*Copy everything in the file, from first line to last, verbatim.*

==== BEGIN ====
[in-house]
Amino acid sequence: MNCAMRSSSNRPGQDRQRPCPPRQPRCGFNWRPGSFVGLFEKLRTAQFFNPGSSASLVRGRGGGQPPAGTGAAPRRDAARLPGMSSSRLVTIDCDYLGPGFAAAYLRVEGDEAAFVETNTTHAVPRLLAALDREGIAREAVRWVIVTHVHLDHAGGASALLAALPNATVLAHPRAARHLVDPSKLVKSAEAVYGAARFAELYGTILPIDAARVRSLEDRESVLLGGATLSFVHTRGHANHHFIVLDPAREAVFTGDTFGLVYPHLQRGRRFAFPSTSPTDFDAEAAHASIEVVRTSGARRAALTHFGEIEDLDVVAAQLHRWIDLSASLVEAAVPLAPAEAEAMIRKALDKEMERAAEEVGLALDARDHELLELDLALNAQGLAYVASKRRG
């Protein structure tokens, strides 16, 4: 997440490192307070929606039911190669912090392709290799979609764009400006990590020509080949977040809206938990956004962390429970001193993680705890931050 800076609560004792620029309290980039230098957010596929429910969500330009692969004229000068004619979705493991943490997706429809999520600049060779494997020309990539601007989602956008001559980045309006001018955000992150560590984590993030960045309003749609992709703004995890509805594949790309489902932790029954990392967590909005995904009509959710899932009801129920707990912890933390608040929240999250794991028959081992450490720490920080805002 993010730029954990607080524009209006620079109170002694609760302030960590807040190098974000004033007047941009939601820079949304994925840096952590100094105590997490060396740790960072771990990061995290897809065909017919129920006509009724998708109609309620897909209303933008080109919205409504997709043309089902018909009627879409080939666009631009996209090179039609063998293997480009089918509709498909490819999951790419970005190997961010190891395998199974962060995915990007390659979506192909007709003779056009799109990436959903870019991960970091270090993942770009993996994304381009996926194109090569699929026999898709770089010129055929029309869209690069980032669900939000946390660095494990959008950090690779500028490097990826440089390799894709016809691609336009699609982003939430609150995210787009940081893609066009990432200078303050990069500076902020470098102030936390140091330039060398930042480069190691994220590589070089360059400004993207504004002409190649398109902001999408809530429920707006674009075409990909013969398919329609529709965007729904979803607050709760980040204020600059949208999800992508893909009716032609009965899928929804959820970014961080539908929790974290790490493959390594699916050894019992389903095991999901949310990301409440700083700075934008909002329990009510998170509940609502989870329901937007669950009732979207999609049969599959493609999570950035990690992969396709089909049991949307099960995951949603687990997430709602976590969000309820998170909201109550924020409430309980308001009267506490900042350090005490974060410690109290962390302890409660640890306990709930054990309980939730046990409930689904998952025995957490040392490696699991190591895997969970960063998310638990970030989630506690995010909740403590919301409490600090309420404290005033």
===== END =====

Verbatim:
[in-house]
Amino acid sequence: MNCAMRSSSNRPGQDRQRPCPPRQPRCGFNWRPGSFVGLFEKLRTAQFFNPGSSASLVRGRGGGQPPAGTGAAPRRDAARLPGMSSSRLVTIDCDYLGPGFAAAYLRVEGDEAAFVETNTTHAVPRLLAALDREGIAREAVRWVIVTHVHLDHAGGASALLAALPNATVLAHPRAARHLVDPSKLVKSAEAVYGAARFAELYGTILPIDAARVRSLEDRESVLLGGATLSFVHTRGHANHHFIVLDPAREAVFTGDTFGLVYPHLQRGRRFAFPSTSPTDFDAEAAHASIEVVRTSGARRAALTHFGEIEDLDVVAAQLHRWIDLSASLVEAAVPLAPAEAEAMIRKALDKEMERAAEEVGLALDARDHELLELDLALNAQGLAYVASKRRG
């Protein structure tokens, strides 16, 4: 997440490192307070929606039911190669912090392709290799979609764009400006990590020509080949977040809206938990956004962390429970001193993680705890931050 800076609560004792620029309290980039230098957010596929429910969500330009692969004229000068004619979705493991943490997706429809999520600049060779494997020309990539601007989602956008001559980045309006001018955000992150560590984590993030960045309003749609992709703004995890509805594949790309489902932790029954990392967590909005995904009509959710899932009801129920707990912890933390608040929240999250794991028959081992450490720490920080805002 993010730029954990607080524009209006620079109170002694609760302030960590807040190098974000004033007047941009939601820079949304994925840096952590100094105590997490060396740790960072771990990061995290897809065909017919129920006509009724998708109609309620897909209303933008080109919205409504997709043309089902018909009627879409080939666009631009996209090179039609063998293997480009089918509709498909490819999951790419970005190997961010190891395998199974962060995915990007390659979506192909007709003779056009799109990436959903870019991960970091270090993942770009993996994304381009996926194109090569699929026999898709770089010129055929029309869209690069980032669900939000946390660095494990959008950090690779500028490097990826440089390799894709016809691609336009699609982003939430609150995210787009940081893609066009990432200078303050990069500076902020470098102030936390140091330039060398930042480069190691994220590589070089360059400004993207504004002409190649398109902001999408809530429920707006674009075409990909013969398919329609529709965007729904979803607050709760980040204020600059949208999800992508893909009716032609009965899928929804959820970014961080539908929790974290790490493959390594699916050894019992389903095991999901949310990301409440700083700075934008909002329990009510998170509940609502989870329901937007669950009732979207999609049969599959493609999570950035990690992969396709089909049991949307099960995951949603687990997430709602976590969000309820998170909201109550924020409430309980308001009267506490900042350090005490974060410690109290962390302890409660640890306990709930054990309980939730046990409930689904998952025995957490040392490696699991190591895997969970960063998310638990970030989630506690995010909740403590919301409490600090309420404290005033």